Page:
Conclusions Based on 3-Years of Tropospheric Ozone Measurements Co-located at AWS Sites

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1 Conclusions Based on 3-Years of Tropospheric Ozone Measurements Co-located at AWS Sites Mark W. Seefeldt Cooperative Institute for Research in Environmental Sciences (CIRES) University of Colorado Boulder Lars E. Kalnajs Laboratory for Atmospheric and Space Physics (LASP) University of Colorado Boulder Allison M. Burg Department of Engineering Physics Systems Providence College

2 Annual Cycle of Tropospheric Ozone There is an annual pattern to ozone levels in the Ross Island region with a seasonal maximum (34-38 ppb) in late August and the minimum (10-16 ppb) in mid-summer (Dec.-Jan.)

3 Annual Cycle of Tropospheric Ozone During the summer months the ozone concentration is around ppb During the fall months there is a steady recovery in the concentration of ozone leveling off during the winter months at approximately 36 ppb Starting with the polar sunrise, there is a progressive decrease in the ozone concentration, eventually reaching summer levels This same general pattern is observed every year with some yearto-year variability

4 Annual Cycle of Tropospheric Ozone The speculation was that the spring time decrease was a caused by episodic ozone depletion events (ODEs), similar to what has been revealed in studies from the Arctic.

5 Dramatic Arctic ODE The ODEs in the Arctic are dramatic, clearly defined, and oftentimes going to near 0 ppb Courtesy of NOAA-GMD

6 Arrival Heights Ozone Observations NOAA ESRL has had an ozone instrument located at Arrival Heights (McMurdo Station) for approximately 15 years The observations have the benefit of being long-term and reasonably maintained although they also have limitations due to the location (above the ice surface, near anthropogenic sources)

7 Near-Surface Tropospheric Ozone Sensors Five near-surface ozone sensors were installed at automatic weather station sites (AWS) during the field season 164 E 168 E # * 170 E Cape Bird Mount Bird Lewis Bay M arble Point Ross Island 77 30'S # * Mount Terror Cape Royds y F Va r er lle G ar la Ozone Instrument Network y c ie McMurdo Sound r # * Windless Big ht University of Colorado Ross Island & Vicinity McMurdo Station Imagery from Landsat Image Mosaic of Antarctica (LIMA) lls Placenames derived from SCAR Gazeteer nt on Cartography by Claire Porter and Cole Kelleher, Polar Geospatial Center WGS84 Antarctic Polar Stereographic Projection Latitude of True Scale: -71 Central Meridian: 166 Brown Peninsula De 78 S Hi Ros s Ic e Shelf e Ko tt li tz G la ci 78 S Ta r lo 77 30'S Mount Erebus er White Island Lines of longitude indicate true north Black Island # * Lorne Mount Discovery Min 78 30'S na B luff # * 78 30'S The sensors operated year-round with the intent to answer questions regarding the annual cycle of ozone in the Ross Island region 166 E Minna Bluff 164 E 166 E 168 E 170 E 172 E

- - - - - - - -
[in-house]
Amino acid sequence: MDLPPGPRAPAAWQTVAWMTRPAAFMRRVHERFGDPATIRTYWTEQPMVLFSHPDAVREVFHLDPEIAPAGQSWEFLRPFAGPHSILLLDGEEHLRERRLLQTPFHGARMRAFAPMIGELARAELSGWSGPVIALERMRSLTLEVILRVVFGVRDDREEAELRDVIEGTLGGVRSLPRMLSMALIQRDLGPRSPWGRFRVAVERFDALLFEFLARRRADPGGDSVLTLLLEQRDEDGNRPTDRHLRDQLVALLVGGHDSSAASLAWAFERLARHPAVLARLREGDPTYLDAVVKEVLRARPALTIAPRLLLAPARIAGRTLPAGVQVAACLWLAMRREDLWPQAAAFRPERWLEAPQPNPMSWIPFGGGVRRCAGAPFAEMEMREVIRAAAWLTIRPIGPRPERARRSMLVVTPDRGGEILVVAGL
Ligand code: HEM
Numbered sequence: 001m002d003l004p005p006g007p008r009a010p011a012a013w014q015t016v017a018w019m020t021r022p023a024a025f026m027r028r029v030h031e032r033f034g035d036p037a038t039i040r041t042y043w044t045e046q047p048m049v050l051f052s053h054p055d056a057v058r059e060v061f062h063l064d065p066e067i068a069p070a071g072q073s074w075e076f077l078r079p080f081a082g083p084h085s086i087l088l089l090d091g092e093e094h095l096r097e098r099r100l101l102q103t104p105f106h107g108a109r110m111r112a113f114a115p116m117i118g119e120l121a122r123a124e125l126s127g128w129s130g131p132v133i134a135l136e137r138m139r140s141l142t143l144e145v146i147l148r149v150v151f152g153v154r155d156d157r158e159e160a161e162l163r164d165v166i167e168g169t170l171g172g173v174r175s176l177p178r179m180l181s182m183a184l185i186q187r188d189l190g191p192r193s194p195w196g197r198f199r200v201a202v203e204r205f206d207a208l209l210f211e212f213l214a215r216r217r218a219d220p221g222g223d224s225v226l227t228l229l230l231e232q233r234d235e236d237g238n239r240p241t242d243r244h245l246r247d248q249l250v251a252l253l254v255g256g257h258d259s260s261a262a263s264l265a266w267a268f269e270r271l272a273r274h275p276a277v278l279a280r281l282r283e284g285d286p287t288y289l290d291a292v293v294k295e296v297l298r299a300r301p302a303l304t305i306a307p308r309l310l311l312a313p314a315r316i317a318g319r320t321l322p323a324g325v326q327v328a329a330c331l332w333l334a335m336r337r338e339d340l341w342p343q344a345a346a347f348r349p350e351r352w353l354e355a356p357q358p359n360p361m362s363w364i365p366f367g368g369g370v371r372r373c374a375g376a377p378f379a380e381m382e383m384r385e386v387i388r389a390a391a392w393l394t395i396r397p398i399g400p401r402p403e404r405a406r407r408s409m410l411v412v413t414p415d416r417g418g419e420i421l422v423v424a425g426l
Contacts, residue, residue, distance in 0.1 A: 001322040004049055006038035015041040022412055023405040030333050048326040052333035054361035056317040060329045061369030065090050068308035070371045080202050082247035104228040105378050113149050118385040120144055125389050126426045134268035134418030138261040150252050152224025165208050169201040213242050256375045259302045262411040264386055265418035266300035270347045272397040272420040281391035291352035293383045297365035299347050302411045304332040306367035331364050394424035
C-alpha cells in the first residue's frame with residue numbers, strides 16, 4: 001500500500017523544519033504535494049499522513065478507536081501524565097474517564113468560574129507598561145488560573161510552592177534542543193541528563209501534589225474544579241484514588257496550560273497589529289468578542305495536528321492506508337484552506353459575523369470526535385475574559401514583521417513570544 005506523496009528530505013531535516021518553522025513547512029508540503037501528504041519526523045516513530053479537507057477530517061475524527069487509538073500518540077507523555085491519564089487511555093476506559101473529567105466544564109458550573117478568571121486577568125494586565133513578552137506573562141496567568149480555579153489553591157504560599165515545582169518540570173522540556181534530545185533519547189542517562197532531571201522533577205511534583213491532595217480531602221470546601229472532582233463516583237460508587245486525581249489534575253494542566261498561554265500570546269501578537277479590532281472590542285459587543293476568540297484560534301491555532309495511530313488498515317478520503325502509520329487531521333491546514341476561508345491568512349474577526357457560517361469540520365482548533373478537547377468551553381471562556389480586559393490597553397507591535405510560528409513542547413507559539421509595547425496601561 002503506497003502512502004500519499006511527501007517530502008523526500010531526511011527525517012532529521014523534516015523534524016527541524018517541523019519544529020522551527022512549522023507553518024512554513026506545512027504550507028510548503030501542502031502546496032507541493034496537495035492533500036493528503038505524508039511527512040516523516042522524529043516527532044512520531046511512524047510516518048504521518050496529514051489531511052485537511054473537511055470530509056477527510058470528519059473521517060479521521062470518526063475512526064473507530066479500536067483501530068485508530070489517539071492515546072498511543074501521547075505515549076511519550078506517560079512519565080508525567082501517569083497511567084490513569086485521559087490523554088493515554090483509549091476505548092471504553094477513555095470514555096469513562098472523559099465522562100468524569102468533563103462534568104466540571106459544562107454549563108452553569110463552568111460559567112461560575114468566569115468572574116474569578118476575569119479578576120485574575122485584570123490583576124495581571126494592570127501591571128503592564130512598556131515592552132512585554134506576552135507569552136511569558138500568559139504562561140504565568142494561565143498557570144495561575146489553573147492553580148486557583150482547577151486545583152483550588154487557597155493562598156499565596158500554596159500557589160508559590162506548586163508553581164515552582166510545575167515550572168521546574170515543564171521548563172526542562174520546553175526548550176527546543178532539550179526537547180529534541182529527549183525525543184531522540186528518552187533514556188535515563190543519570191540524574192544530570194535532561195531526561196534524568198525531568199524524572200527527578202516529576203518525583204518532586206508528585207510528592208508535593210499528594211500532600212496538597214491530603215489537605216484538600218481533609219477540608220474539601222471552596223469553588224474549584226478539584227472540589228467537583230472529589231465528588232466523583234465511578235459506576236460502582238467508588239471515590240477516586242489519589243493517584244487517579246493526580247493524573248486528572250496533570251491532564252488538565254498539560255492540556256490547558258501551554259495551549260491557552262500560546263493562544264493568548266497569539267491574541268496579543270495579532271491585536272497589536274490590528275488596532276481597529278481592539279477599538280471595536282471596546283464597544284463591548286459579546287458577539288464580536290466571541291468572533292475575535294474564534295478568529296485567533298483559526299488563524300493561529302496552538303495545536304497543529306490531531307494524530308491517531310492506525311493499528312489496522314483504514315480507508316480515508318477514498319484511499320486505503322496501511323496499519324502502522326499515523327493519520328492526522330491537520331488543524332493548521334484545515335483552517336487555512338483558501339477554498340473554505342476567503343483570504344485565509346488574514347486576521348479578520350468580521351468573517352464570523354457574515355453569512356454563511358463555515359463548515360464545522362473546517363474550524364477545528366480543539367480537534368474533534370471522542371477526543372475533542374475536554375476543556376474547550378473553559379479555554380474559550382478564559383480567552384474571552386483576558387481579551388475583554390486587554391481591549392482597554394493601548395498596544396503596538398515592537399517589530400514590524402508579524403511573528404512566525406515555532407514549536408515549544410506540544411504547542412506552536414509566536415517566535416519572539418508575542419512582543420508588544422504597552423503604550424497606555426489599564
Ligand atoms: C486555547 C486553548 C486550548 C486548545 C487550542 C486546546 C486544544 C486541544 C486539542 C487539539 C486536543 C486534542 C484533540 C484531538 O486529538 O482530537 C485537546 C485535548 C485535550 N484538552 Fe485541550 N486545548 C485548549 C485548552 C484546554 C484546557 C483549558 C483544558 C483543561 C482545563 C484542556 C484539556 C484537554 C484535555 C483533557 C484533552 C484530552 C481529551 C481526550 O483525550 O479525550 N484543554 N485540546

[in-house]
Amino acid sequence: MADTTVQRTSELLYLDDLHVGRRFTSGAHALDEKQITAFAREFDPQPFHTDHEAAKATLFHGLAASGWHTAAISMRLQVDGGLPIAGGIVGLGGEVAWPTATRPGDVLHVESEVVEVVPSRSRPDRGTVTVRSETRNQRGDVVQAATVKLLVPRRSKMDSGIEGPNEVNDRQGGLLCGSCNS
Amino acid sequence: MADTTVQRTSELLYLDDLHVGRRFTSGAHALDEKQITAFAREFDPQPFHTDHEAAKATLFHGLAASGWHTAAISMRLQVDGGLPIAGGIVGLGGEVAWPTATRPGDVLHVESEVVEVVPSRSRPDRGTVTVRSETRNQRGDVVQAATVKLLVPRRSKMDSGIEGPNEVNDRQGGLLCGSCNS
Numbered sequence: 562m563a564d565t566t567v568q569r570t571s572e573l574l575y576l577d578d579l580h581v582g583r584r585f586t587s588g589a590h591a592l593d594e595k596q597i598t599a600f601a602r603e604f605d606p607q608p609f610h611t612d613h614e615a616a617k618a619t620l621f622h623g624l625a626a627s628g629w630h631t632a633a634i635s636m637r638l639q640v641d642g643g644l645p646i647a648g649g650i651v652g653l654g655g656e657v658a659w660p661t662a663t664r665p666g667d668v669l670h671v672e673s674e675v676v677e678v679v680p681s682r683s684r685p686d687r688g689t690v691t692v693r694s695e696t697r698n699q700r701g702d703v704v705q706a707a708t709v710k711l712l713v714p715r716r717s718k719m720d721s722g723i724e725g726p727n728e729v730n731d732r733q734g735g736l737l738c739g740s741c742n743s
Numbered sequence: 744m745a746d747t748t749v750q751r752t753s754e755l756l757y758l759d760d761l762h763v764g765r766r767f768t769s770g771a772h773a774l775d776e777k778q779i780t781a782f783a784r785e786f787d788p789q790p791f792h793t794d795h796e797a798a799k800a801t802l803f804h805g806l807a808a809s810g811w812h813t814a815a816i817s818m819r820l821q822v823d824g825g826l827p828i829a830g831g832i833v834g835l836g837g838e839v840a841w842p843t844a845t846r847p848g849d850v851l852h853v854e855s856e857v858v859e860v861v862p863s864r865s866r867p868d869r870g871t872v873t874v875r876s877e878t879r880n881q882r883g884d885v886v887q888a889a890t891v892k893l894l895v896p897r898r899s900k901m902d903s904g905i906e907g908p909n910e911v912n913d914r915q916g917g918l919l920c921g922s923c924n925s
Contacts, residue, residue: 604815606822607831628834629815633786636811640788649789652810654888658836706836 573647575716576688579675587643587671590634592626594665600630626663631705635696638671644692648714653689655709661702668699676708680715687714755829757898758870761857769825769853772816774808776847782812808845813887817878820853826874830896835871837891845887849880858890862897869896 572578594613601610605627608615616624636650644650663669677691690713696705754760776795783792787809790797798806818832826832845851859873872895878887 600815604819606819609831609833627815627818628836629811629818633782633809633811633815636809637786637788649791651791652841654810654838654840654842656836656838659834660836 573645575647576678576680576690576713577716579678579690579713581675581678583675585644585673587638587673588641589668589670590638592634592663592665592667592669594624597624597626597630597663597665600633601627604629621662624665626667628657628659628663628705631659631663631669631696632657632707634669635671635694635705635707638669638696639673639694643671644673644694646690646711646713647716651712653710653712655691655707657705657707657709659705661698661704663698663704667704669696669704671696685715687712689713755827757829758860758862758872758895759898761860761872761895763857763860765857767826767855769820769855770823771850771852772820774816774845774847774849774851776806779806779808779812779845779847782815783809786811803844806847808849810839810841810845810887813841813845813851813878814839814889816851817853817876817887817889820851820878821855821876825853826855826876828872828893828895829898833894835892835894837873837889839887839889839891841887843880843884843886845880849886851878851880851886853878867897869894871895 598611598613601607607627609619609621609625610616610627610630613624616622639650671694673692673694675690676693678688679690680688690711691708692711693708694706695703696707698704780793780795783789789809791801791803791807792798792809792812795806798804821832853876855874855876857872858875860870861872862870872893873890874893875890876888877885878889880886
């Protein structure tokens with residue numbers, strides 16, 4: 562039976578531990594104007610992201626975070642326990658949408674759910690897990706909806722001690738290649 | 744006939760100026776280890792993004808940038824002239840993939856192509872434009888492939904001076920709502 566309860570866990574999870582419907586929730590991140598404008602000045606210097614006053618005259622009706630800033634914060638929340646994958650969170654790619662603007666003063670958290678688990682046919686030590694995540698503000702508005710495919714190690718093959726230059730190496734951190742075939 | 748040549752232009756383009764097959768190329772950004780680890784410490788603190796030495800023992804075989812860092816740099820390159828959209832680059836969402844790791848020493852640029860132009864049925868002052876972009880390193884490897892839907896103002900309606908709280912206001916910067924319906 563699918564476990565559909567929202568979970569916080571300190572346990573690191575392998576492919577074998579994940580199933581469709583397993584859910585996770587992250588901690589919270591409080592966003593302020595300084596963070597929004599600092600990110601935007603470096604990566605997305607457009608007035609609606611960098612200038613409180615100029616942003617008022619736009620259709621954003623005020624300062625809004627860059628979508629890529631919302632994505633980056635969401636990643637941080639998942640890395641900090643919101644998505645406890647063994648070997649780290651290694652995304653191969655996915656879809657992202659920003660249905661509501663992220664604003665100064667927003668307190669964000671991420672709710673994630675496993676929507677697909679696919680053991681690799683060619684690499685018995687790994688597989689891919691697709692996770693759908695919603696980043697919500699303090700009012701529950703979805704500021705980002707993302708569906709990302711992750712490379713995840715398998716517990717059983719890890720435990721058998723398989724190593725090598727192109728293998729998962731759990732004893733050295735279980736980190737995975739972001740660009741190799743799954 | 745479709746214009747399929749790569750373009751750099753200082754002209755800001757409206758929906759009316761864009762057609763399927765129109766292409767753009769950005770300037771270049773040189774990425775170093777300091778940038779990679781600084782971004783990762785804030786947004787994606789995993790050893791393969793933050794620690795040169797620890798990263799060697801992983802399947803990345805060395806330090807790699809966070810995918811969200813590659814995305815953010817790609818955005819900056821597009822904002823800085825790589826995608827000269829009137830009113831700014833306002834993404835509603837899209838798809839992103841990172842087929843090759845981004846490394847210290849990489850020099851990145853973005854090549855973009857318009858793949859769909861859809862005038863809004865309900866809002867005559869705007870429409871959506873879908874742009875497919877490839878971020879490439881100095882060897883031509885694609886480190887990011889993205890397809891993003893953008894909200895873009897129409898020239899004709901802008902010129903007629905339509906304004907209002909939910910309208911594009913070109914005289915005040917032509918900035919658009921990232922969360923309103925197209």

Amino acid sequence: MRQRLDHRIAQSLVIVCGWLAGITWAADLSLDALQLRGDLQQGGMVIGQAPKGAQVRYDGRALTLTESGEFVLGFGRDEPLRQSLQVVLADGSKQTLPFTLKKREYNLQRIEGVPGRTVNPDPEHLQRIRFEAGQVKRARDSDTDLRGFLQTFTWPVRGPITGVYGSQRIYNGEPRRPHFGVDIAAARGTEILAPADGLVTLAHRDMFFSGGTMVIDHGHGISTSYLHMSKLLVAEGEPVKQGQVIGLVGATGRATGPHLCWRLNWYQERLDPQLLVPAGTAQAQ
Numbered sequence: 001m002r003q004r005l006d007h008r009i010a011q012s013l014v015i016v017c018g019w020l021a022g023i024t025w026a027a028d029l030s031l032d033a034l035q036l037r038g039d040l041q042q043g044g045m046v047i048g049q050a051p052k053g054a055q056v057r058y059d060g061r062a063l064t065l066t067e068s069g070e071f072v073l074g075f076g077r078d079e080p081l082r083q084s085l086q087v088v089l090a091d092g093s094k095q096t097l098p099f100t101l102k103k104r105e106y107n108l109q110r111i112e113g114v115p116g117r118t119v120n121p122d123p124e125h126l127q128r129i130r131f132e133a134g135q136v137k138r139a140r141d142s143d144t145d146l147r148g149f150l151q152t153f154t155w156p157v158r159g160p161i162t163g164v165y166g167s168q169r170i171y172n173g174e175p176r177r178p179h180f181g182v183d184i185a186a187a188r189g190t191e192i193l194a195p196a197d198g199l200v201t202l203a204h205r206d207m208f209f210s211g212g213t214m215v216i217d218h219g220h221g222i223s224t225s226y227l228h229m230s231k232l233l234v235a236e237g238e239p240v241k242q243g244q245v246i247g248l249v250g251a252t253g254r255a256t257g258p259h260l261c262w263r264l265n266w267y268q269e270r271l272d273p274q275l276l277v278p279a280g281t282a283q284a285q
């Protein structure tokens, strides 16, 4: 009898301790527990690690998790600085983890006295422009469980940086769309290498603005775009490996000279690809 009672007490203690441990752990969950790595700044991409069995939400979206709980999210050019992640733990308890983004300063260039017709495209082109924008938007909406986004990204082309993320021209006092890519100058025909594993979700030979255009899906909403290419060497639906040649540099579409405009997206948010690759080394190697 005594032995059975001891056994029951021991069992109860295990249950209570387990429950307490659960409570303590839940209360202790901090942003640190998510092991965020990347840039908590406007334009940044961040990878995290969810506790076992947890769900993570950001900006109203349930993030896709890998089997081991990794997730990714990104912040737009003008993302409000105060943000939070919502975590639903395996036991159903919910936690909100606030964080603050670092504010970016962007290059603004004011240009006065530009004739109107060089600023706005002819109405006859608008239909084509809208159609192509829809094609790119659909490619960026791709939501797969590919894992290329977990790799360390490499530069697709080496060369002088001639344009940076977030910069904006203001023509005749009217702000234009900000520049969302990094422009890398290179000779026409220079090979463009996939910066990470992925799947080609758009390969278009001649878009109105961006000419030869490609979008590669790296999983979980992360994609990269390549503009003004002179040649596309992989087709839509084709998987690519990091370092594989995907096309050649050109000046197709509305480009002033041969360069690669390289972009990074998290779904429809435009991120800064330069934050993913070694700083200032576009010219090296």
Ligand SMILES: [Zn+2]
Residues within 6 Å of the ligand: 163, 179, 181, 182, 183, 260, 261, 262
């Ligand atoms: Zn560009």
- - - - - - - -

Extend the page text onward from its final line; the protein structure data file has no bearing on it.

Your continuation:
8 Near-Surface Tropospheric Ozone Sensors The sensors were co-located at AWS sites to provide the corresponding meteorological observations The selected AWS sites were based on identifying meteorologically and chemically diverse locations The ozone sensors are low-power for year round operation and the data was transmitted in real-time

9 Ozone Instrument Detail In-house designed and built ozone instruments UV absorption technique, based on a custom UV-LED source Power consumption ~ 4W for continuous measurements / 1 2W for reduced 1 2 measurements per hour Operates down to -55C, measurements down to -38C

10 Ozone Instrument Review Sensors operated well during the first summer, but experienced mechanical failures of pumps during late winter Surprisingly this was more likely due to blowing volcanic grit than cold temperatures. Service visit in late 2012 updated pumps, added filters to remove grit. Instruments operated nominally for the next year.

11 Ozone Instrument Review Started to question data integrity during the second winter. Issues likely due to contamination of grit filters or contamination of optical system. Overall, the engineering and infrastructure performed well, largely uninterrupted power supply and reliable communications via iridium.

12 ODEs in the Ross Island region In contrast to the Arctic, the Ross Island region ODEs are less severe and more difficult to identify The best cases decrease in ozone is approximately 8-18 ppb and it never comes close to 0 ppb August 2008

13 ODEs in the Ross Island region The Cape Bird ozone sensor shows an ODE that is approximately 8-10 ppb extending over 24 hours Cape Bird November 2013

14 ODEs in the Ross Island region There are also difficulties in distinguishing between anthropogenic and natural depletion events August 2005 Anthropogenic Ozone Depletion Ozone Depletion Events Anthropogenic ozone depletion is observed year round ODEs are primarily during the austral spring (Aug. Nov.)